Kenya: Enforced Disappearance and Extra-Judicial Killing of Lawyer Willie Kimani | Letter

Full PDF Version

21 July 2016

Hon. Uhuru Kenyatta
President of the Republic of Kenya
State House, Statehouse Road
P.O. Box: 40530 00100, Nairobi, Kenya

Hon. William Ruto
Deputy-President of the Republic of Kenya Office of The Deputy President
Harambee Avenue
P.O. Box 74434 – 00200 Nairobi, Kenya

Hon. Joseph Nkaissery
Interior & Coordination of National Government
Harambee House, Harambee Avenue
P.O. Box 30510,00100 Nairobi

Commissioner of Police
Kenya Police Headquarters
Vigilance House, Harambee Avenue
P.O. Box 30083, Nairobi, Kenya

Commissioner Kagwiria Mbogori
Chairperson, Kenya National Commission on Human Rights

H.E. Mr. Stephen Ndungu Karau
Permanent Mission of Kenya to the United Nations in Geneva,
Av. de la Paix 1-3, 1202
Genève, Switzerland

Dear Mr. President, Honourable Members, Commissioners, Excellencies:
Re: Enforced Disappearance and extra-judicial killing of lawyer Willie Kimani

On June 23, 2016, lawyer Willie Kimani disappeared, along with his client Josphat Mwenda, following a court appearance in respect of the client’s claim against police. The bodies of Mr. Kimani, his client, and their driver Joseph Muiruri were found a week later, on June 30, in the Ol-Donyo Sabuk River in Machakos County, about 70km northeast of Nairobi.[1] The post-mortem report indicates the victims were badly beaten and tortured before being killed.[2]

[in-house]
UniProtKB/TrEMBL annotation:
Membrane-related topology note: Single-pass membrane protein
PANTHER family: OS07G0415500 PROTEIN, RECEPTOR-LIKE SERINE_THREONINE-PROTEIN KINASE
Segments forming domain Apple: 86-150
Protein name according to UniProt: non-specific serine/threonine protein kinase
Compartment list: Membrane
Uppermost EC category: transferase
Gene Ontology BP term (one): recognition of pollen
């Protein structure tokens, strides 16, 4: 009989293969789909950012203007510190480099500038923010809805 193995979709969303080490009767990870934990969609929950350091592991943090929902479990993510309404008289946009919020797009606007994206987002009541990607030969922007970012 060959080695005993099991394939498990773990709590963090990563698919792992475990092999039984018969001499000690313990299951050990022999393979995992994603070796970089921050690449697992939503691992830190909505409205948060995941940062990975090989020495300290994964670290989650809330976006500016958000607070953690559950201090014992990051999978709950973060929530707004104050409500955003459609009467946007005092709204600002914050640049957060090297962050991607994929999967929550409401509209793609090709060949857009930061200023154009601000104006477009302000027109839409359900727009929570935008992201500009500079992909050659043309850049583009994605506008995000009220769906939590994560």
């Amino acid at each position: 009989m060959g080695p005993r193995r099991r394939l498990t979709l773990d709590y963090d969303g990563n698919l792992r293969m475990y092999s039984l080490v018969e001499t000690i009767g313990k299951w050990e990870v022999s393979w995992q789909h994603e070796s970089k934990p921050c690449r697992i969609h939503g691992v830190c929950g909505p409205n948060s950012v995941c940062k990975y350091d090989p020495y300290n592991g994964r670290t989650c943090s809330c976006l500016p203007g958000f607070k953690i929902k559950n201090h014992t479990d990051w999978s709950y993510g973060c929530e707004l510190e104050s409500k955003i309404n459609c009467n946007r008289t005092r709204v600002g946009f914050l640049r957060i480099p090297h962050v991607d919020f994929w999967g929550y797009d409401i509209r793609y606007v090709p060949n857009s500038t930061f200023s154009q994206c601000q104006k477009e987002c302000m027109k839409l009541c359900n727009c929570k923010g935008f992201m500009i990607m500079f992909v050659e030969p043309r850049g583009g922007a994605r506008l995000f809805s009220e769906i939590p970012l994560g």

LRWC is gravely concerned that the disappearance and extra-judicial assassination of Mr. Kimani and his client was the culmination of a pattern of violations against Mr. Mwenda following the filing of his complaint against the police last year. Worse, these extra-judicial killings are themselves part of a broader pattern of abuse carried out by Kenyan police and security officials. While Kenya’s own human rights body has identified 25 extra-judicial killings between 2013 and 2015,[3] non-governmental watchdog Independent Medico-Legal Unit (IMLU) says the police killed 97 people in 2015 alone.[4]

On July 2, Inspector-General of Police Joseph Boinett confirmed that three AP officers, Frederick Leliman, Stephen Chebulet and Sylvia Wanjiku, were being held in relation to the killings. They appeared in court on Monday, July 4, 2016 where the judge ordered that they be held in custody for two weeks until investigations are carried out.

LRWC condemns in the strongest terms the enforced disappearance and extra-judicial killing of Mr. Kimani, Mr. Mwenda, and Mr. Muiruri, and urges authorities to conduct an immediate, thorough, impartial, and transparent investigation into these killings.